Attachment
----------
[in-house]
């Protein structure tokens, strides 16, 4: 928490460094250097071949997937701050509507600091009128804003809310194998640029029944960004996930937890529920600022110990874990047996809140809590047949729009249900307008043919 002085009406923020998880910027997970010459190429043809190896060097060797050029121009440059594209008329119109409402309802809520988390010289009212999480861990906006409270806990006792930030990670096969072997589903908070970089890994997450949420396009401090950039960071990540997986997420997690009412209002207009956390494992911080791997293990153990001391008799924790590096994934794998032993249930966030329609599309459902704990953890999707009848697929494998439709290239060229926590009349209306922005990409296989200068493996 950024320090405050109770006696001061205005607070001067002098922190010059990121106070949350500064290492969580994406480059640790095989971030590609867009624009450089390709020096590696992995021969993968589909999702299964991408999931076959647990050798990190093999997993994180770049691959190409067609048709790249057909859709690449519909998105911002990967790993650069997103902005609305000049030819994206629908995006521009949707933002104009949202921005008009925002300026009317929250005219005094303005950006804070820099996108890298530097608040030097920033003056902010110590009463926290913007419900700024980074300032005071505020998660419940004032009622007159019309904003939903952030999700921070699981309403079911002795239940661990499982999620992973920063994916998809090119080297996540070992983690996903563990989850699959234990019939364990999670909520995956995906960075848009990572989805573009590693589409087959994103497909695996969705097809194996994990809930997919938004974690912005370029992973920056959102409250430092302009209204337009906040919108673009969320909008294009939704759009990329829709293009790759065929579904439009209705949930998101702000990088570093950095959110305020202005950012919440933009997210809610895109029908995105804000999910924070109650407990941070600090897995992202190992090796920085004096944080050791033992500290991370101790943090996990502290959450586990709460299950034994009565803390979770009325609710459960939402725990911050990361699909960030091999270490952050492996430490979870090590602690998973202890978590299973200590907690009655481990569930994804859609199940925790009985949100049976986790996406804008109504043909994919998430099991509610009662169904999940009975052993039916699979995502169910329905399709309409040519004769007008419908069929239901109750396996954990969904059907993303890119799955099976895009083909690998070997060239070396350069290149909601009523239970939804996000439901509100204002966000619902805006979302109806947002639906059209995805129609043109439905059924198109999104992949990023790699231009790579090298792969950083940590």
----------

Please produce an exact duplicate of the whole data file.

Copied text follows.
[in-house]
């Protein structure tokens, strides 16, 4: 928490460094250097071949997937701050509507600091009128804003809310194998640029029944960004996930937890529920600022110990874990047996809140809590047949729009249900307008043919 002085009406923020998880910027997970010459190429043809190896060097060797050029121009440059594209008329119109409402309802809520988390010289009212999480861990906006409270806990006792930030990670096969072997589903908070970089890994997450949420396009401090950039960071990540997986997420997690009412209002207009956390494992911080791997293990153990001391008799924790590096994934794998032993249930966030329609599309459902704990953890999707009848697929494998439709290239060229926590009349209306922005990409296989200068493996 950024320090405050109770006696001061205005607070001067002098922190010059990121106070949350500064290492969580994406480059640790095989971030590609867009624009450089390709020096590696992995021969993968589909999702299964991408999931076959647990050798990190093999997993994180770049691959190409067609048709790249057909859709690449519909998105911002990967790993650069997103902005609305000049030819994206629908995006521009949707933002104009949202921005008009925002300026009317929250005219005094303005950006804070820099996108890298530097608040030097920033003056902010110590009463926290913007419900700024980074300032005071505020998660419940004032009622007159019309904003939903952030999700921070699981309403079911002795239940661990499982999620992973920063994916998809090119080297996540070992983690996903563990989850699959234990019939364990999670909520995956995906960075848009990572989805573009590693589409087959994103497909695996969705097809194996994990809930997919938004974690912005370029992973920056959102409250430092302009209204337009906040919108673009969320909008294009939704759009990329829709293009790759065929579904439009209705949930998101702000990088570093950095959110305020202005950012919440933009997210809610895109029908995105804000999910924070109650407990941070600090897995992202190992090796920085004096944080050791033992500290991370101790943090996990502290959450586990709460299950034994009565803390979770009325609710459960939402725990911050990361699909960030091999270490952050492996430490979870090590602690998973202890978590299973200590907690009655481990569930994804859609199940925790009985949100049976986790996406804008109504043909994919998430099991509610009662169904999940009975052993039916699979995502169910329905399709309409040519004769007008419908069929239901109750396996954990969904059907993303890119799955099976895009083909690998070997060239070396350069290149909601009523239970939804996000439901509100204002966000619902805006979302109806947002639906059209995805129609043109439905059924198109999104992949990023790699231009790579090298792969950083940590």